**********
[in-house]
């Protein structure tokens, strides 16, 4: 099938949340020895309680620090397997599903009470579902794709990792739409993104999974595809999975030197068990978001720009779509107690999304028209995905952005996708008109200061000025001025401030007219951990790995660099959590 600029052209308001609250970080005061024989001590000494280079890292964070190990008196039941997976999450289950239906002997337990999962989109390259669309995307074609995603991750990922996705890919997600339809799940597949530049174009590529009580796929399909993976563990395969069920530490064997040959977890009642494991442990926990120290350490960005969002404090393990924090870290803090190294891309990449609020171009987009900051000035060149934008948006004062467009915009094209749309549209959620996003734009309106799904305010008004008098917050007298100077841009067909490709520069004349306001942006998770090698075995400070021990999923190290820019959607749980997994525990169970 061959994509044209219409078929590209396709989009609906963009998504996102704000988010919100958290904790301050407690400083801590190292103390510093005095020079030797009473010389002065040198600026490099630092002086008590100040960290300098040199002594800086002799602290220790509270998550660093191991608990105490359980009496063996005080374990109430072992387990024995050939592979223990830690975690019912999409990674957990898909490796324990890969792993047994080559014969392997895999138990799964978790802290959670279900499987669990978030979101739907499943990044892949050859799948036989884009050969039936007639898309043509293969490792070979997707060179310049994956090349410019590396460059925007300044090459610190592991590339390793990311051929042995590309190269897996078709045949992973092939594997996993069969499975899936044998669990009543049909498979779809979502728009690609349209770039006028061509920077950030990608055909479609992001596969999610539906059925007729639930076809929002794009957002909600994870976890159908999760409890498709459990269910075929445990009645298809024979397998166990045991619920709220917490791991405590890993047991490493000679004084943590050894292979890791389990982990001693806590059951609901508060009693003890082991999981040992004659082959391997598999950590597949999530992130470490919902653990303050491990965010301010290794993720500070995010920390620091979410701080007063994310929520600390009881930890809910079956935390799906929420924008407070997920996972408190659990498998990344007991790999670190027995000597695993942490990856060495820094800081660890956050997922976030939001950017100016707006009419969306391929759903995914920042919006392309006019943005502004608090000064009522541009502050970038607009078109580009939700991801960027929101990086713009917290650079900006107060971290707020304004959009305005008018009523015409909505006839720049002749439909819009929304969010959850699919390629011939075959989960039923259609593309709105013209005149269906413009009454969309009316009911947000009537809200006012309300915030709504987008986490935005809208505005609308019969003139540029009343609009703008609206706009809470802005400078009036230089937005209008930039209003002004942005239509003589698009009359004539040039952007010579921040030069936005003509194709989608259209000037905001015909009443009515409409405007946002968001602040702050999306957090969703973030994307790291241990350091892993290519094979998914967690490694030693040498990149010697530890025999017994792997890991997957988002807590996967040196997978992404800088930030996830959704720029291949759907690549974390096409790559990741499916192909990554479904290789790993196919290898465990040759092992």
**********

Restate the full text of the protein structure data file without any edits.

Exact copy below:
[in-house]
């Protein structure tokens, strides 16, 4: 099938949340020895309680620090397997599903009470579902794709990792739409993104999974595809999975030197068990978001720009779509107690999304028209995905952005996708008109200061000025001025401030007219951990790995660099959590 600029052209308001609250970080005061024989001590000494280079890292964070190990008196039941997976999450289950239906002997337990999962989109390259669309995307074609995603991750990922996705890919997600339809799940597949530049174009590529009580796929399909993976563990395969069920530490064997040959977890009642494991442990926990120290350490960005969002404090393990924090870290803090190294891309990449609020171009987009900051000035060149934008948006004062467009915009094209749309549209959620996003734009309106799904305010008004008098917050007298100077841009067909490709520069004349306001942006998770090698075995400070021990999923190290820019959607749980997994525990169970 061959994509044209219409078929590209396709989009609906963009998504996102704000988010919100958290904790301050407690400083801590190292103390510093005095020079030797009473010389002065040198600026490099630092002086008590100040960290300098040199002594800086002799602290220790509270998550660093191991608990105490359980009496063996005080374990109430072992387990024995050939592979223990830690975690019912999409990674957990898909490796324990890969792993047994080559014969392997895999138990799964978790802290959670279900499987669990978030979101739907499943990044892949050859799948036989884009050969039936007639898309043509293969490792070979997707060179310049994956090349410019590396460059925007300044090459610190592991590339390793990311051929042995590309190269897996078709045949992973092939594997996993069969499975899936044998669990009543049909498979779809979502728009690609349209770039006028061509920077950030990608055909479609992001596969999610539906059925007729639930076809929002794009957002909600994870976890159908999760409890498709459990269910075929445990009645298809024979397998166990045991619920709220917490791991405590890993047991490493000679004084943590050894292979890791389990982990001693806590059951609901508060009693003890082991999981040992004659082959391997598999950590597949999530992130470490919902653990303050491990965010301010290794993720500070995010920390620091979410701080007063994310929520600390009881930890809910079956935390799906929420924008407070997920996972408190659990498998990344007991790999670190027995000597695993942490990856060495820094800081660890956050997922976030939001950017100016707006009419969306391929759903995914920042919006392309006019943005502004608090000064009522541009502050970038607009078109580009939700991801960027929101990086713009917290650079900006107060971290707020304004959009305005008018009523015409909505006839720049002749439909819009929304969010959850699919390629011939075959989960039923259609593309709105013209005149269906413009009454969309009316009911947000009537809200006012309300915030709504987008986490935005809208505005609308019969003139540029009343609009703008609206706009809470802005400078009036230089937005209008930039209003002004942005239509003589698009009359004539040039952007010579921040030069936005003509194709989608259209000037905001015909009443009515409409405007946002968001602040702050999306957090969703973030994307790291241990350091892993290519094979998914967690490694030693040498990149010697530890025999017994792997890991997957988002807590996967040196997978992404800088930030996830959704720029291949759907690549974390096409790559990741499916192909990554479904290789790993196919290898465990040759092992």